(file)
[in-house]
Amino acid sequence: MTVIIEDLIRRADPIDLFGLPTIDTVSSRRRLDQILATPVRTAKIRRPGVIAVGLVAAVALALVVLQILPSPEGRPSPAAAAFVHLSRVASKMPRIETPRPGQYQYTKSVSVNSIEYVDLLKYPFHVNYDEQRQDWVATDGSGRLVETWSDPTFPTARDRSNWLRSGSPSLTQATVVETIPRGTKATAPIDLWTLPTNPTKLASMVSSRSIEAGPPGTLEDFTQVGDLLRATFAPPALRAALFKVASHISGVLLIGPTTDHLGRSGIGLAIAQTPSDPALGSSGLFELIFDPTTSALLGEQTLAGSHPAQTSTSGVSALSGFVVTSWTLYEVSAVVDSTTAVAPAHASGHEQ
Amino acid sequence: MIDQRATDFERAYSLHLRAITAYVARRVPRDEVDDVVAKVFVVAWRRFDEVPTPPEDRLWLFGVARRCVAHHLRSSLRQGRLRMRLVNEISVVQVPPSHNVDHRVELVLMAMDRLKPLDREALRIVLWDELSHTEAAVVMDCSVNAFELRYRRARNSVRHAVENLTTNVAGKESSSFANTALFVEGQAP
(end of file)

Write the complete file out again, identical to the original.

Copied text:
[in-house]
Amino acid sequence: MTVIIEDLIRRADPIDLFGLPTIDTVSSRRRLDQILATPVRTAKIRRPGVIAVGLVAAVALALVVLQILPSPEGRPSPAAAAFVHLSRVASKMPRIETPRPGQYQYTKSVSVNSIEYVDLLKYPFHVNYDEQRQDWVATDGSGRLVETWSDPTFPTARDRSNWLRSGSPSLTQATVVETIPRGTKATAPIDLWTLPTNPTKLASMVSSRSIEAGPPGTLEDFTQVGDLLRATFAPPALRAALFKVASHISGVLLIGPTTDHLGRSGIGLAIAQTPSDPALGSSGLFELIFDPTTSALLGEQTLAGSHPAQTSTSGVSALSGFVVTSWTLYEVSAVVDSTTAVAPAHASGHEQ
Amino acid sequence: MIDQRATDFERAYSLHLRAITAYVARRVPRDEVDDVVAKVFVVAWRRFDEVPTPPEDRLWLFGVARRCVAHHLRSSLRQGRLRMRLVNEISVVQVPPSHNVDHRVELVLMAMDRLKPLDREALRIVLWDELSHTEAAVVMDCSVNAFELRYRRARNSVRHAVENLTTNVAGKESSSFANTALFVEGQAP